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Wednesday, 6 December 1905
Page: 6334


Mr DAVID THOMSON (CAPRICORNIA, QUEENSLAND) - I regret that the Government have introduced legislation to amend the Alien Restriction Bill. At the last election every opportunity was- taken to decry that measure, and the opponents of the Labour Party made use of it against us. Having successfully defended ourselves in regard to it, why should we now allow it to be modified? Queensland will be the greatest sufferer if more aliens are permitted to enter the Commonwealth, because Chinese, and the people of the other coloured races, make for that State first. There is now in Queensland a great number of Chinese, Japanese, and other coloured aliens, living amidst all the filth and dirt imaginable, and why should that State be a receptacle for the black, brown, and brindles of the whole world? I shall oppose the motion for the second reading. We often hear of Chinese puzzles, but the measure seems to me to provide a Japanese puzzle. I cannot understand what language is to be used as the education test. Why should we substitute for an " European " language a " prescribed " language ? What language is to be prescribed? Is it to be the Japanese language? Those who support the Bill' appear to be favorable to the admission of Japanese to Australia because their nation has recently defeated Russia after a great struggle. That is no reason why we should be afraid of Japan. In my opinion, both the Russians and the Japanese are practically savag.es, except in their knowledge of civilized methods of warfare, though probably the Japanese are more civilized and humane than are the Russian's. "Still, that is no reason why we should admit them into Australia. I know the evils which have resulted from the admission of Japanese men, and especially of Japanese women, into Queensland, and it would be a disgrace to allow any more of them to come here. They do not come to Victoria, New South Wales, and South Australia.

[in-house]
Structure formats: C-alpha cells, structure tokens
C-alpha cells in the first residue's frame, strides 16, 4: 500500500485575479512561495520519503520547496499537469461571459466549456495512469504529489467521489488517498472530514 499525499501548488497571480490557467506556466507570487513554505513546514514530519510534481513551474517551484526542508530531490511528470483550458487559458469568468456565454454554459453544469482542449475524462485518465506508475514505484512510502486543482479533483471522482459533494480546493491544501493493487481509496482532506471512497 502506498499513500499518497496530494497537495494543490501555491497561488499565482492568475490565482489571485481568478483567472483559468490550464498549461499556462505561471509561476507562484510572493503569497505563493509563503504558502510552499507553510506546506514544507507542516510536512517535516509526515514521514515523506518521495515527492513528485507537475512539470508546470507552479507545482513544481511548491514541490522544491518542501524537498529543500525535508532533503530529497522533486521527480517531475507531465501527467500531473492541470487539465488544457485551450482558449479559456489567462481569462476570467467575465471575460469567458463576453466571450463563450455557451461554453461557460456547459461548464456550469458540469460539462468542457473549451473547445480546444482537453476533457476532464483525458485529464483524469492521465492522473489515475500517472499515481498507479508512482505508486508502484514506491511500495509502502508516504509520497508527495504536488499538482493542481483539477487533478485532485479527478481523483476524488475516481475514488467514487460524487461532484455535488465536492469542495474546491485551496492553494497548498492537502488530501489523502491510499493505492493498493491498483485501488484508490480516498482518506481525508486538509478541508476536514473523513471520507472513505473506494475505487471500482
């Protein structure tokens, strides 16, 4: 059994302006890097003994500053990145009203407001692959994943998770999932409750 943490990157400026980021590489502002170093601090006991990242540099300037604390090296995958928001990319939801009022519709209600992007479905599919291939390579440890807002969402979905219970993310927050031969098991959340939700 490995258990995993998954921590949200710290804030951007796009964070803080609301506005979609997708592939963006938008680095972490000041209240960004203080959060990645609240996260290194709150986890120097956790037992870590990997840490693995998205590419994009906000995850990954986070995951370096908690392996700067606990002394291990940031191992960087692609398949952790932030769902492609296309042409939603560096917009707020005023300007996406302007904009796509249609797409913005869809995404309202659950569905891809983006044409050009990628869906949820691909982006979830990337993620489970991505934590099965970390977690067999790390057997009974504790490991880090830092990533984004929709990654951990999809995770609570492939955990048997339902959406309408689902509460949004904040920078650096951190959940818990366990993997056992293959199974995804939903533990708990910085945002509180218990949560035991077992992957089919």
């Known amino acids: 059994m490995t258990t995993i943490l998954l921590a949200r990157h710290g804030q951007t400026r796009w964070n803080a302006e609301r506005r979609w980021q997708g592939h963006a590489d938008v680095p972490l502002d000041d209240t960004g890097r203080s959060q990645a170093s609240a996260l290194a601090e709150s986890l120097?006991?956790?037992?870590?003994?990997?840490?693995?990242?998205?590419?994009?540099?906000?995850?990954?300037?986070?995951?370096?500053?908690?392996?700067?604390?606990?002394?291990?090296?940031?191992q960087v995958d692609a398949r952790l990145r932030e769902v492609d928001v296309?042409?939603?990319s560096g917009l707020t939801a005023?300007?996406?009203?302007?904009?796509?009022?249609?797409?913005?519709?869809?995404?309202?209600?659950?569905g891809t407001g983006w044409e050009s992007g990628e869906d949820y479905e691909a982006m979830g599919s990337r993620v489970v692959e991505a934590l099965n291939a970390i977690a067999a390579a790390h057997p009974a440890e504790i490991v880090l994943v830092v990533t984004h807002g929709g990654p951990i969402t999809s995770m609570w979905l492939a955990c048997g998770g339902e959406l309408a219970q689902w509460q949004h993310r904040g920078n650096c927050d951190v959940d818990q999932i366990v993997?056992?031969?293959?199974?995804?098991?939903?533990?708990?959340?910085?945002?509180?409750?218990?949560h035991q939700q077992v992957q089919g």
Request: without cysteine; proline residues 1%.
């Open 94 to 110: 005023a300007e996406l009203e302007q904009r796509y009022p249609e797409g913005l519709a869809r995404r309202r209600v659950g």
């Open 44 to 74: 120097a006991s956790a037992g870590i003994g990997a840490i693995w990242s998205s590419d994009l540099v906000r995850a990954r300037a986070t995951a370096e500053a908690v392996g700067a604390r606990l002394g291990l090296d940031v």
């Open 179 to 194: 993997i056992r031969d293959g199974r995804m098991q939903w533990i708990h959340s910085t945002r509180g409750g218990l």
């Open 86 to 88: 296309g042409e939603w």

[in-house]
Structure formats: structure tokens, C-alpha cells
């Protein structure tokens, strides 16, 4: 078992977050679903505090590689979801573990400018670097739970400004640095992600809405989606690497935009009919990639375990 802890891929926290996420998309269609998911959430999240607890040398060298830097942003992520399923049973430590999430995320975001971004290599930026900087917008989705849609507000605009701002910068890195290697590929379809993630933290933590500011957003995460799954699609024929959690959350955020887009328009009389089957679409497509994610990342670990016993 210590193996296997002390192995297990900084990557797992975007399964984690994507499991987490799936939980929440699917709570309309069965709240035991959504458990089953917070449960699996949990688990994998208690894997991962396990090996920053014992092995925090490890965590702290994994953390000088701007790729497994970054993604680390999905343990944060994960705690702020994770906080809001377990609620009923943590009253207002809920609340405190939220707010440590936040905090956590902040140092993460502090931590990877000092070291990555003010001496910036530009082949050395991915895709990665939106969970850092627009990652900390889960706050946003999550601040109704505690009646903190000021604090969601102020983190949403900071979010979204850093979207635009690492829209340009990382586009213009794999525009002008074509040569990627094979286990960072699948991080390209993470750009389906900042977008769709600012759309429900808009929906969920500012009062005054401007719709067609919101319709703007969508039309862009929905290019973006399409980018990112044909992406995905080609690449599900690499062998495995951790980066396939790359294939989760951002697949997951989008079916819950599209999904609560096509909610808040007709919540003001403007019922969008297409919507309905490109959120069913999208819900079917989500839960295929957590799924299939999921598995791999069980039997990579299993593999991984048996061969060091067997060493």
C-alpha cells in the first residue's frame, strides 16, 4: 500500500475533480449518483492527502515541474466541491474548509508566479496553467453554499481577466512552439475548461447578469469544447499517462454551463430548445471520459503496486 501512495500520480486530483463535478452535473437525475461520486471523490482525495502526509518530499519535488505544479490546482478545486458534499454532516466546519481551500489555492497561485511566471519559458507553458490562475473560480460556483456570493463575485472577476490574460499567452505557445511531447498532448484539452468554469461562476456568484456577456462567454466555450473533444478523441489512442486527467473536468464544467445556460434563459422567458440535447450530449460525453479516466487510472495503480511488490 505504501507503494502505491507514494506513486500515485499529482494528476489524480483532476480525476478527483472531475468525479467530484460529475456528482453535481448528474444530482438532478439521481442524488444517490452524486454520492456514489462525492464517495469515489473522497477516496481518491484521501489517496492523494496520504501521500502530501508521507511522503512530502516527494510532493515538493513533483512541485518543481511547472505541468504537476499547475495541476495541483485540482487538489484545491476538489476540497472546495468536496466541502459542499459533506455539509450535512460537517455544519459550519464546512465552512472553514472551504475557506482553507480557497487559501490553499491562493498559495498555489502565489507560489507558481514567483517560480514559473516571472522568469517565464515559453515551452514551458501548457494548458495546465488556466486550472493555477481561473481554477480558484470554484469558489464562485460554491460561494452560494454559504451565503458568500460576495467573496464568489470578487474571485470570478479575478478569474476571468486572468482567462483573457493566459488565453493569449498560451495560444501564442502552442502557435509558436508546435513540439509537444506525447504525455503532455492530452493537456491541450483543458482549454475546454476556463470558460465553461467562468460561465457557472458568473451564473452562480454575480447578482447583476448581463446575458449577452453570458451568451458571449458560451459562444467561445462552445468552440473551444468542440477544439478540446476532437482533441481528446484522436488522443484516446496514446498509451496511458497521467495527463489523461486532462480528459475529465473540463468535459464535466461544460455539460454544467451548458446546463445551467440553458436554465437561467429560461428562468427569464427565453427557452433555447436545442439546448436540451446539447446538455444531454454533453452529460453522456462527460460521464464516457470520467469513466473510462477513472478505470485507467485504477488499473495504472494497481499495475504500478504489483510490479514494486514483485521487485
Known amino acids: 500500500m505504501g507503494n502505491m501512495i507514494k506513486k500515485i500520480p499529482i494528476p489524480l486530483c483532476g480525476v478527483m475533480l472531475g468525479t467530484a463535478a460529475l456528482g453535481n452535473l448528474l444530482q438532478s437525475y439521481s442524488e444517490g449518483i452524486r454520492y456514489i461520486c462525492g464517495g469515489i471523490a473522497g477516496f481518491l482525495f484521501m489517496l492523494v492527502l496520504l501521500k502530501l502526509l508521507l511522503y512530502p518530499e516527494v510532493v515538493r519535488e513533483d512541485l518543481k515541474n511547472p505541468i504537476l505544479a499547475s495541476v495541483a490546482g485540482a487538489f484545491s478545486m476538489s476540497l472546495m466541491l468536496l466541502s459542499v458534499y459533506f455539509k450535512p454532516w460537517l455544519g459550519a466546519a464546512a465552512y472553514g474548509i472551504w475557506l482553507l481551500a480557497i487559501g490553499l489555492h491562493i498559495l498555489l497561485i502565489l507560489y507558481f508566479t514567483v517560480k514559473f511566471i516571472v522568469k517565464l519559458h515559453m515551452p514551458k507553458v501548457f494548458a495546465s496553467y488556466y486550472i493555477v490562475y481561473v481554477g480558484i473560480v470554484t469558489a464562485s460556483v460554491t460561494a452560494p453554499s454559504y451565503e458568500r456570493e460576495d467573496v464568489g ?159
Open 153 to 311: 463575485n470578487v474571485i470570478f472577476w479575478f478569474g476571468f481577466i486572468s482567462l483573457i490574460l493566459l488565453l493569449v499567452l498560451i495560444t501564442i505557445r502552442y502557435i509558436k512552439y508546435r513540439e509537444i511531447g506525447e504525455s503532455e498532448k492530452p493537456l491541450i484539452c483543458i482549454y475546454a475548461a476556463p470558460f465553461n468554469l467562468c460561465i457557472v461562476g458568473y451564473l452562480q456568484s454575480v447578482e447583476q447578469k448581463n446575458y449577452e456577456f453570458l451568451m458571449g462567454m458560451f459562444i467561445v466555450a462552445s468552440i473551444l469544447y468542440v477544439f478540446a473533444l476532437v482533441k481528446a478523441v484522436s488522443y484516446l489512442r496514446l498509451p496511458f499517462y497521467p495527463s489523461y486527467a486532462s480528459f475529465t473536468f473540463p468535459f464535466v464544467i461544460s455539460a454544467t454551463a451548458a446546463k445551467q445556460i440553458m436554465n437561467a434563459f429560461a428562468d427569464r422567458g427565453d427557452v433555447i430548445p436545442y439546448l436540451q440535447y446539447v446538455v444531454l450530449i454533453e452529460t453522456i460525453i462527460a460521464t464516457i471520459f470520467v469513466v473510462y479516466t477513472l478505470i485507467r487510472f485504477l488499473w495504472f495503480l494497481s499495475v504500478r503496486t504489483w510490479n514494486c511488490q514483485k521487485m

Mr Hutchison - We have a great many in the Northern Territory.


Mr DAVID THOMSON (CAPRICORNIA, QUEENSLAND) - Yes, but thev are more isolated there, and do not come as much into contact with white people as they do in Queensland. Round about Cairns, and in other places on the Herbert

River, we find that there are great numbers of Japanese, Chinese, and other blacks, browns, and brindles, engaged in the. sugar industry, and I do not wish their number to be increased. It is not the administration of the law by the present Government that we are afraid of, but its administration by future Governments. I am satisfied that if we amend the law in the manner proposed we shall find it difficult to preserve a White Australia. I, therefore, intend to oppose the second reading of the Bill. The Labour Party, which went to the country as the main supporters of that measure, came back stronger than ever, and I do not see why we should modify legislation of which the electors have approved. I do not believe in introducing any of the black races into Australia, and I shall certainly oppose any provisions in. the Bill that would have the effect of opening the door for them.







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